We knew that toxic work environments impacted our ability to be able to succeed in the workplace. I knew that bias against other diversities, that dimensions of diversity, impacted our ability to succeed in the workplace. I knew that homogeneous workforces and leadership teams impacted our ability to succeed in the workplace, but what I didn’t acknowledge is the importance of our mental health.
I didn’t realize that on top of being black, and on top of being a woman, that I had now a new dimension of diversity, something else to be discriminated against. Something else to be seen as different. I thought about my different layers of diversity, and I thought about other people’s layers of diversity who have this hidden layer that we are often silent about, but that we need support. We need advocacy in our workplaces because of it. And it was in that moment that I decided to turn my pain into purpose, and I decided to continue to be, not just the face of bipolar disorder, but to be the voice, to be the face, to be anything I could be for those who suffered from mental health conditions.
From then on, that has been my journey, to cultivate cultures of mental wellness in the work. We’ve already done the same as a leader of HR. And as I dealt with DEI issues, oftentimes we related our physical health with our ability to be well at work. We made that correlation of being well at work with, again, being successful, meeting our goals. But a lot of times we just focus on the physical attribute. We only focus on gym membership discounts, and step challenges, and nutrition programs.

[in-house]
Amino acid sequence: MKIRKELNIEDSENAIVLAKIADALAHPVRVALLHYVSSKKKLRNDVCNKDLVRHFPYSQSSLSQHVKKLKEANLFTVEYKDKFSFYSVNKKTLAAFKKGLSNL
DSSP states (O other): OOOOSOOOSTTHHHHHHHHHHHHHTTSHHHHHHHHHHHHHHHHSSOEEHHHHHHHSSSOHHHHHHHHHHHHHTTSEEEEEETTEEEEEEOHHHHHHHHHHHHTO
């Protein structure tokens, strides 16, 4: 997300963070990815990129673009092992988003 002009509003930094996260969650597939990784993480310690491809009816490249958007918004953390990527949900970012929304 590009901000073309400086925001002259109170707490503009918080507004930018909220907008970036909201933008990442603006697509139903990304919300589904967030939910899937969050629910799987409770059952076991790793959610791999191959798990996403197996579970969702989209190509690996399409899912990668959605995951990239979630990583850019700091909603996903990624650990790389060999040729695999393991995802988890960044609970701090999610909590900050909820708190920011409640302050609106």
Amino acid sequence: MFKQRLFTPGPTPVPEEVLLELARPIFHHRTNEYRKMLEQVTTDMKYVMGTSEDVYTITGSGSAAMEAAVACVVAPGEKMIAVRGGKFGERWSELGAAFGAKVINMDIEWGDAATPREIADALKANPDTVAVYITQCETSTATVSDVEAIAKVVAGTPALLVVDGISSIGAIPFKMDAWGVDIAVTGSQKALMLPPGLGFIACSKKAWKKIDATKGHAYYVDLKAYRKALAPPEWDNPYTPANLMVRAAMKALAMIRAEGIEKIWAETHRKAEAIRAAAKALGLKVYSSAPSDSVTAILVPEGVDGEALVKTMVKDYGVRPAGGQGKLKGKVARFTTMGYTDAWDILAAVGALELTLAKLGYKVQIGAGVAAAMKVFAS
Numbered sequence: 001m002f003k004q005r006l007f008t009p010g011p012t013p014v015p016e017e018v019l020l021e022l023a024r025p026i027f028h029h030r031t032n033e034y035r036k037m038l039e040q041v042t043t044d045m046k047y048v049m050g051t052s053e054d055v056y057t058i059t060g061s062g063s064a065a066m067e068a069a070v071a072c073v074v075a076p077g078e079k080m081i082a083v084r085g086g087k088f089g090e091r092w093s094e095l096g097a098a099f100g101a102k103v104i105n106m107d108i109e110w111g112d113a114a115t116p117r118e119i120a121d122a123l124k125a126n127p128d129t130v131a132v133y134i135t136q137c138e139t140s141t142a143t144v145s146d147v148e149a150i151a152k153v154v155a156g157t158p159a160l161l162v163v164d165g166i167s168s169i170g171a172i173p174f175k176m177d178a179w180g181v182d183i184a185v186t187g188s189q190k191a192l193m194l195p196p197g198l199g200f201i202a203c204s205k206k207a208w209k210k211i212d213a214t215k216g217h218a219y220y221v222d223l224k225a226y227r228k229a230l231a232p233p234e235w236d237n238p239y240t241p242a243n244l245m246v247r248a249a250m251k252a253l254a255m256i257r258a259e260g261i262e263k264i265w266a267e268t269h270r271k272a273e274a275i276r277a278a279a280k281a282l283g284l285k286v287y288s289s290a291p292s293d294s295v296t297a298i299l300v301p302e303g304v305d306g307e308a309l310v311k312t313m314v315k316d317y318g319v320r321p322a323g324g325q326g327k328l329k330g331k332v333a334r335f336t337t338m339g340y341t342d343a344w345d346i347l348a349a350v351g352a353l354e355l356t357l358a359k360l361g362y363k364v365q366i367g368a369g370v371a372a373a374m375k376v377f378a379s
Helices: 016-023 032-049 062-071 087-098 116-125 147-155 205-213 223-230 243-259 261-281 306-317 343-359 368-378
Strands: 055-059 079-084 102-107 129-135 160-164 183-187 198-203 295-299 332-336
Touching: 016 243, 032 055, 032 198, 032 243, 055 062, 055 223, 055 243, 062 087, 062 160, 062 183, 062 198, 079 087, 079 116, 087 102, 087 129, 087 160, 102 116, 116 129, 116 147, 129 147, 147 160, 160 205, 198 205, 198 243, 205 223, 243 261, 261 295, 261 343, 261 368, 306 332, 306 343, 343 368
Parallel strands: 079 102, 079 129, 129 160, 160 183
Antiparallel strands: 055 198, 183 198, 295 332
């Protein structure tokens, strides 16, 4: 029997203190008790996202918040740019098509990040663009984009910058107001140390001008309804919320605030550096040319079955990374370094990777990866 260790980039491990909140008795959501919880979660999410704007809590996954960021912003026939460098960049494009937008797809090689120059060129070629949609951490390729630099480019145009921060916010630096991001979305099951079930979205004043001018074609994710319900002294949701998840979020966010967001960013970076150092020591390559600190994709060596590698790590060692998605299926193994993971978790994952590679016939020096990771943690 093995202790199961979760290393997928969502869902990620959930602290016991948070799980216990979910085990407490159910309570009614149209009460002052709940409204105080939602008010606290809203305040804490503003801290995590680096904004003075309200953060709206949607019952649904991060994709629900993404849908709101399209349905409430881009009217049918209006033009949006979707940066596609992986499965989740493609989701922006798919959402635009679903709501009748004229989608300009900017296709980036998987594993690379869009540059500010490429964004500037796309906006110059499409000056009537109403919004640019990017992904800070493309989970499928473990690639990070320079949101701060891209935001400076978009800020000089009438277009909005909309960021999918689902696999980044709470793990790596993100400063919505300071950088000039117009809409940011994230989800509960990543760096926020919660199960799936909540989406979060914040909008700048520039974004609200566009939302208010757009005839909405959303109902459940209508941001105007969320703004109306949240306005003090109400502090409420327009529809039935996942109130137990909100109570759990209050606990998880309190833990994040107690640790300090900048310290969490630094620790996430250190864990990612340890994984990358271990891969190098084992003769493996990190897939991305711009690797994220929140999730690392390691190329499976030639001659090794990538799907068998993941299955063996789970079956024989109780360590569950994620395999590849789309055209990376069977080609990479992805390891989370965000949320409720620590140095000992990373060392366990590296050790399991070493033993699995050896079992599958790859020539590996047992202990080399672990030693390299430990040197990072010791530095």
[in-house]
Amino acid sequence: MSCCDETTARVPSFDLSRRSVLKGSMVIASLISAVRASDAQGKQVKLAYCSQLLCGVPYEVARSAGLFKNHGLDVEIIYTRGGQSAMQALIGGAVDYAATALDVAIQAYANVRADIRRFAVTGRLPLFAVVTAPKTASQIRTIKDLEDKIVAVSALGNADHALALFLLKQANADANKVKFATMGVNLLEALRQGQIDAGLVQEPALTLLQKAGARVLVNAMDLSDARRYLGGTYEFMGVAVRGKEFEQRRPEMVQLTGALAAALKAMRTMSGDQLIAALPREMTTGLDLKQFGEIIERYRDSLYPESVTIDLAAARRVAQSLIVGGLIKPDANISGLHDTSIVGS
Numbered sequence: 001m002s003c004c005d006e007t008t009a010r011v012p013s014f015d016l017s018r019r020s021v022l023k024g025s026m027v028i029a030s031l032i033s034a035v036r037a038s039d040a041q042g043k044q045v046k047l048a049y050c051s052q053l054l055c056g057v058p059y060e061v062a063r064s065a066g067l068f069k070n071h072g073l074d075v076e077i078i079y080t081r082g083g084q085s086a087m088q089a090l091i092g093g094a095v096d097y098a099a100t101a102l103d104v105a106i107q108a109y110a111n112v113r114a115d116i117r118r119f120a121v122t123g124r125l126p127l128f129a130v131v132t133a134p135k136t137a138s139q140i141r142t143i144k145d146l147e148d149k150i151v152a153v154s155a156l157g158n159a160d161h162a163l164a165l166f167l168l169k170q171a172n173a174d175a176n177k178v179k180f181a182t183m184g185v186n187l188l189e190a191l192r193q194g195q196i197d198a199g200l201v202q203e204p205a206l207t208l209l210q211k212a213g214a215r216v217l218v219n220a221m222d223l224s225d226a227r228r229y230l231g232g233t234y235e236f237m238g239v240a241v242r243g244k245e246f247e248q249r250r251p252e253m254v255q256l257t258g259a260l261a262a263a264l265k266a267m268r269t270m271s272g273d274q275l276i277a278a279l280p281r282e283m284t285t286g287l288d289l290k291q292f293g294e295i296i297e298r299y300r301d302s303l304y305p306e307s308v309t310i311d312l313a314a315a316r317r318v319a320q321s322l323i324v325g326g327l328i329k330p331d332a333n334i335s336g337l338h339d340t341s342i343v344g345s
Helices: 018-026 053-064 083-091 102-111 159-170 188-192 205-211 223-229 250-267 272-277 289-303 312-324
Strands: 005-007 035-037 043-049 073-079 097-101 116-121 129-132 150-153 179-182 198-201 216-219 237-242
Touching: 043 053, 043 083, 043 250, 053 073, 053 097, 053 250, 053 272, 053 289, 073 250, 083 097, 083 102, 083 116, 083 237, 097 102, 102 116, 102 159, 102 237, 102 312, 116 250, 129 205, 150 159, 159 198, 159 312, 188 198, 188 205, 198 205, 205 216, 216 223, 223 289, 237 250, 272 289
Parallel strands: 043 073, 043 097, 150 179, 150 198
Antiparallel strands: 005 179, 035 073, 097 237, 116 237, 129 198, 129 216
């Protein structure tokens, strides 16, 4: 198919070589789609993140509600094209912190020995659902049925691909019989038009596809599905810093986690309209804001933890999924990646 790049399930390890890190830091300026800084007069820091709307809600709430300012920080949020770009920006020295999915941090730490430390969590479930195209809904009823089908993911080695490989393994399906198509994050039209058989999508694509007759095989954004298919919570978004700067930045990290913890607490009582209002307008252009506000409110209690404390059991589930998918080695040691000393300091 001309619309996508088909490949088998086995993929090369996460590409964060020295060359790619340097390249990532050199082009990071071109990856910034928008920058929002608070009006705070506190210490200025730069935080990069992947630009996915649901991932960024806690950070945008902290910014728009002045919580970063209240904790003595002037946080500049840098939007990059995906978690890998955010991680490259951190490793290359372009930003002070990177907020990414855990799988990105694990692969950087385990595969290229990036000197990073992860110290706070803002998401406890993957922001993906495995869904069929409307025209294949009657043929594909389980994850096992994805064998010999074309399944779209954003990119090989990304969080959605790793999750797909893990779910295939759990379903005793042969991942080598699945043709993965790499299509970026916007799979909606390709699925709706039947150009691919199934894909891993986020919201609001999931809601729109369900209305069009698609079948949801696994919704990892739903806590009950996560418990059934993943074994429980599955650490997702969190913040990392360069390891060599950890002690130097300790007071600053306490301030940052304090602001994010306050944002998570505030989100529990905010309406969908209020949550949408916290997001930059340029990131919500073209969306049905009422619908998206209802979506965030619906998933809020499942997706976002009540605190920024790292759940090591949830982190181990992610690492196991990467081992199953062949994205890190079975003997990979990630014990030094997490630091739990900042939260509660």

But what we’re doing for mental illness, when we think about employee wellness, it’s more than what we can measure in an exam room. It’s about an employee’s wellness as a human right, individually and corporately.
So if I thought about that, and that intersectionality of the work that I did in terms of DEI and in terms of mental wellness in the workplace, think about this. A strong abdominal core is useless if you’re under psychological attack from a manipulative or domineering supervisor. A trim waistline is more of a curse than a blessing when you’re continuously being objectified and harassed with little to no accountability from the offenders. An excellent nutrition program is nothing more than a teasing insult when your pay disparity makes it difficult for you to be able to meet your basic human beings.
We are not machines, and we deserve better as humans, as people, as humanity in the workplace. When we think about our psychological safety, the ability to show up, speak up, and stand up for what’s right, we’ve done that in terms of other dimensions of diversity of DEI, but we must do that for our mental health.
We are a social human beings. We are relational, and we need you to be able to create safe spaces for dialogue about our mental health, about our struggles and the resources that we need. We are spiritual human beings, meaning however you understand it. There is more to life that what we can see under a microscope and without the peace of God, or the universe, or whatever it is, you struggle to find meaningful purpose in holistic wellness.
We have to have that. I am still on a journey of my mental health, and I’m doing that through a foundation that I created. I’m doing that through partnerships, and I’m doing that by being vulnerable and transparent about my mental illness, because it is a part of my identity. And to be honest, I’m proud of it. I am proud that I can stand here and bring my whole authentic self to you and to workplaces. And I hope that be bringing out the worst of me brings out the best of you.